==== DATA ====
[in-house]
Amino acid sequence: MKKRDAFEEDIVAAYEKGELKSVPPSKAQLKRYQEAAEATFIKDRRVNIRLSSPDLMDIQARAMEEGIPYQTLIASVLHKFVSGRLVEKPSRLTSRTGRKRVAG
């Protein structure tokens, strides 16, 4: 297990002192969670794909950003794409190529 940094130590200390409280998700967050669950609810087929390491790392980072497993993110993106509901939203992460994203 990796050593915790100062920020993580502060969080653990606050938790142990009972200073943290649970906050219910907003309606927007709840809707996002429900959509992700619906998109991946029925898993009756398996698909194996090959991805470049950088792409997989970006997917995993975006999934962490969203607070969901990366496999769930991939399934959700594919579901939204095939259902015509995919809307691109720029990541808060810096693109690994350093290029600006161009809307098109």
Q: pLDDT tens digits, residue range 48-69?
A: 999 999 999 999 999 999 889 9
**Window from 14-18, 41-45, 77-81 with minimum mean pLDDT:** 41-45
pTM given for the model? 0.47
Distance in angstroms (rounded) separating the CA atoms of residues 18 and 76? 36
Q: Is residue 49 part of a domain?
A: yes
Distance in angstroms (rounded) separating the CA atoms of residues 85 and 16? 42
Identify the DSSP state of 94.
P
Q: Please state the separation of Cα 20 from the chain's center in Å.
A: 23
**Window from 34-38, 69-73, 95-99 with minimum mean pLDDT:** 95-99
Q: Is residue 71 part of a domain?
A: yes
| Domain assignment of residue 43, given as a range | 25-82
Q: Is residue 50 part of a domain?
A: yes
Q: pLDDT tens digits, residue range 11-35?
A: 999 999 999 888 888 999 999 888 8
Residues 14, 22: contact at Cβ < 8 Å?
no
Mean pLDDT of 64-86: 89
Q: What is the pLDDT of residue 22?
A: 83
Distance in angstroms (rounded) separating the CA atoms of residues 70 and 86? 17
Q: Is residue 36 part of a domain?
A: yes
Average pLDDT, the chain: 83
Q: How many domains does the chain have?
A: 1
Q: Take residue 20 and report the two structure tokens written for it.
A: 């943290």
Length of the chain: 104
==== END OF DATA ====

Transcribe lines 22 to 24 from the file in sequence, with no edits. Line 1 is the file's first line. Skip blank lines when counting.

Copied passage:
Q: pLDDT tens digits, residue range 11-35?
A: 999 999 999 888 888 999 999 888 8
Residues 14, 22: contact at Cβ < 8 Å?